South West businesses need better access to skilled staff

Businesses in the South West need urgent help to fill widening skills gaps, after latest figures show mounting pressure on firms struggling to recruit staff remains at record high levels.

British Chambers of Commerce South West (BCCSW) – which represents thousands of firms in the region – says businesses need “concrete help accessing skilled staff” if they are to continue to bounce back from the impact of Covid-19.

Latest figures released today by the British Chambers of Commerce show the pressure on firms struggling to recruit staff remains at record high levels.

The data for the BCC’s Quarterly Recruitment Outlook survey for Q1 2022 was drawn from a survey of 5,500 businesses.   

Stuart Elford, Chair of BCCSW, said: “British Chambers of Commerce South West has been working with further and higher education institutions across the region to help businesses access the next generation of skilled employees. But the labour pool is still too small and business and education can only do so much alone.

“The South West is acutely affected by the shortage and difficulties facing recruitment, given the proportionally high levels of hospitality businesses.

“We’re a fast-growing region for technical, engineering, digital and highly creative firms – these businesses need concrete help accessing skilled staff.

“More funding for retraining opportunities and temporary visas to fill urgent skill gaps would be two short- and long-term measures that would begin to alleviate an issue that threatens to undermine our chances of a strong recovery post-pandemic.”

Attempted recruitment in Q1 was down slightly with 60% looking to recruit staff (64% in Q4). However, the proportion of firms reporting difficulties filling roles remains at a historical high at 78%, dropping just one percentage point from the previous quarter (79%).  

The hospitality sector was facing the most challenging recruitment issues, with 85%, reporting difficulties, up from 83% in Q4 2021. This was closely followed by construction (83%), logistics (81%) and manufacturers (80%).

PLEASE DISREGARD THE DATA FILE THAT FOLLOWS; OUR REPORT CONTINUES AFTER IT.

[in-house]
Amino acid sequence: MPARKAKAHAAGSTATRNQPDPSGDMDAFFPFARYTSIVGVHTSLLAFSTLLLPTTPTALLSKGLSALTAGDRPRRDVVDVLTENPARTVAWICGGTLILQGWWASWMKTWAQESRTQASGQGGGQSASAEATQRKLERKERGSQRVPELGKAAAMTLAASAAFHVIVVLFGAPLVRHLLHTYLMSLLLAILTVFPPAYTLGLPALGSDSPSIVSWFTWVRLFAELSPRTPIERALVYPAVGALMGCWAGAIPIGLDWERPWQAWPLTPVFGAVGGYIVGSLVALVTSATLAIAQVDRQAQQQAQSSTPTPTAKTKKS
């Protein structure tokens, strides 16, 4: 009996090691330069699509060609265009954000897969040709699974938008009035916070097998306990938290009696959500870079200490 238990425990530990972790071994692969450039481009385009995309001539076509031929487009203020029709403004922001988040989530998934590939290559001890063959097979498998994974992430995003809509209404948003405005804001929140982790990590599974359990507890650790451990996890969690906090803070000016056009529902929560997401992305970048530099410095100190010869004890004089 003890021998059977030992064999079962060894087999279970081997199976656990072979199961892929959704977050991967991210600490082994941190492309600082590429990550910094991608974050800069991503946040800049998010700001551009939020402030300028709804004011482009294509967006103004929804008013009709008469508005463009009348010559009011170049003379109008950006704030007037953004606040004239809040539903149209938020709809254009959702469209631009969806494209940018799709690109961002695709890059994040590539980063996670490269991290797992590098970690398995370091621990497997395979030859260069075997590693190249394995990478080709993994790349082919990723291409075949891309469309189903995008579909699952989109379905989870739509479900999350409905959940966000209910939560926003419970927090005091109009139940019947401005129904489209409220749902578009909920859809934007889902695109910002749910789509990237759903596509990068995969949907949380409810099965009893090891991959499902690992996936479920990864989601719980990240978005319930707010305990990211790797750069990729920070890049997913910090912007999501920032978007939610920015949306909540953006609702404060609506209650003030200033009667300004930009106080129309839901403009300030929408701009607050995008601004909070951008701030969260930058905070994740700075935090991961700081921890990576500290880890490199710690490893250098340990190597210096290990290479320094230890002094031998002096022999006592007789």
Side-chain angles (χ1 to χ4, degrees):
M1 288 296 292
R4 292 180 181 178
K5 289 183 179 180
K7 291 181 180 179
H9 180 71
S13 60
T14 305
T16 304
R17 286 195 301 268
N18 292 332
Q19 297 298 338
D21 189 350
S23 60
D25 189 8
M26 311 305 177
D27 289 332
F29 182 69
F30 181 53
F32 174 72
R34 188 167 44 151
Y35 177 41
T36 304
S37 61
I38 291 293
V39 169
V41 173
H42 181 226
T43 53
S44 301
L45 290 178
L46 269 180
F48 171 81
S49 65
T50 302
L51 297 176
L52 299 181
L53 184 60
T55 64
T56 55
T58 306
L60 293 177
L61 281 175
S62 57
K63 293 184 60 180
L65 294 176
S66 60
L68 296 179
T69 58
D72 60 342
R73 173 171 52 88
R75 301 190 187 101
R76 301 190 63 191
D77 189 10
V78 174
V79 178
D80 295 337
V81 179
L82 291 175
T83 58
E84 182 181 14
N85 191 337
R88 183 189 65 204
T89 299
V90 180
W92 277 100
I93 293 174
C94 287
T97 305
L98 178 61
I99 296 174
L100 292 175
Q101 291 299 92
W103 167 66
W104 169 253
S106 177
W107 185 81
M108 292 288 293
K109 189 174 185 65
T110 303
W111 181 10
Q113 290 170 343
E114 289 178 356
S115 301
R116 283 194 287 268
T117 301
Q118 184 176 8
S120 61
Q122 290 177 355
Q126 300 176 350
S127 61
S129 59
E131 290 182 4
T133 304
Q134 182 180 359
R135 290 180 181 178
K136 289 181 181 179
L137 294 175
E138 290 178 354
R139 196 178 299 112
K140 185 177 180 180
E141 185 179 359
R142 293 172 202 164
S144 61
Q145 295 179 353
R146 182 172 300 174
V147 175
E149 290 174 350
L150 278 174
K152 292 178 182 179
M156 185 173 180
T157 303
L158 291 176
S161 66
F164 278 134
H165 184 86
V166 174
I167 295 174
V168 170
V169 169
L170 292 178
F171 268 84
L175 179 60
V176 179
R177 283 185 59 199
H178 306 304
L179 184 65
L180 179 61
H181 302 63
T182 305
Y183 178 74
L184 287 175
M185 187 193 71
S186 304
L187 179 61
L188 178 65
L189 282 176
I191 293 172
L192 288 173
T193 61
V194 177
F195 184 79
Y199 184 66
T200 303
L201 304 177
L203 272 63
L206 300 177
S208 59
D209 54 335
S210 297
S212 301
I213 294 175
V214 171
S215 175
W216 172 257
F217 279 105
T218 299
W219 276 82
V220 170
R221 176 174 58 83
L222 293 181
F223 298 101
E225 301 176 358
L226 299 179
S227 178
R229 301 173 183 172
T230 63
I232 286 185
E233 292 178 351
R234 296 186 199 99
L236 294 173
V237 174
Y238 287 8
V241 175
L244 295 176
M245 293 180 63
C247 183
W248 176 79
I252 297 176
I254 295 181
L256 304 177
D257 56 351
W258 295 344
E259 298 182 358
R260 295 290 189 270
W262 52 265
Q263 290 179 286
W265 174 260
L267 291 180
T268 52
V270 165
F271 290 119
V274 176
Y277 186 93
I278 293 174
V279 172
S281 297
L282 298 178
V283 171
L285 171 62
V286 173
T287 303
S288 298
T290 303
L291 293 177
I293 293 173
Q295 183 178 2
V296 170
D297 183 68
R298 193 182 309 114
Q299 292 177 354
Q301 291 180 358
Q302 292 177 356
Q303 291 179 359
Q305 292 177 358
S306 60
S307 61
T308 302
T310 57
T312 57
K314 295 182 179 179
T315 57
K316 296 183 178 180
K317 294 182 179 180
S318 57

Retail and wholesale firms were the least likely to report difficulties at 69% but the proportions of firms that cannot find the staff they need remains worryingly high. 

Businesses reported a broad range of issues which contributed to the overall recruitment squeeze – this included disruption due to Covid and a drop in the availability of foreign staff. 

More firms are also reporting that wage competition is proving disruptive. 

Jane Gratton, Head of People Policy at the BCC, says: ”It’s now harder than ever for businesses to fill job vacancies and there are no signs of improvement.

“In an increasingly tight labour market, competition for skills is ramping up wage costs, leaving many firms unable to recruit the people they need.   

“When combined with the escalating price of energy, shipping, raw materials and other costs, it is a precarious situation for businesses.

“Inevitably, it is the smaller firms, with little in the way of cash reserves after two years of pandemic, who are most exposed to the risk all this presents. 

“The UK government needs to take concrete action to address labour shortages as they are a key factor in the economy’s stuttering recovery. If firms cannot get the people they need, then productivity and revenue are two of the first casualties. 

“Government must also ensure that people can access rapid retraining opportunities for in-demand jobs at all skill levels in the workforce. At the same time, where there is clear evidence of national shortages damaging the economy, we need temporary visas for hard working people willing to come to the UK to work in the essential every-day roles that we all rely on.    

“Businesses are investing more in developing home-grown talent – and creating a more inclusive and diverse workforce – but this won’t solve pervasive skills shortages overnight. Right now, the priority has to be to improve access to skills and ease the wider cost pressures facing business.”

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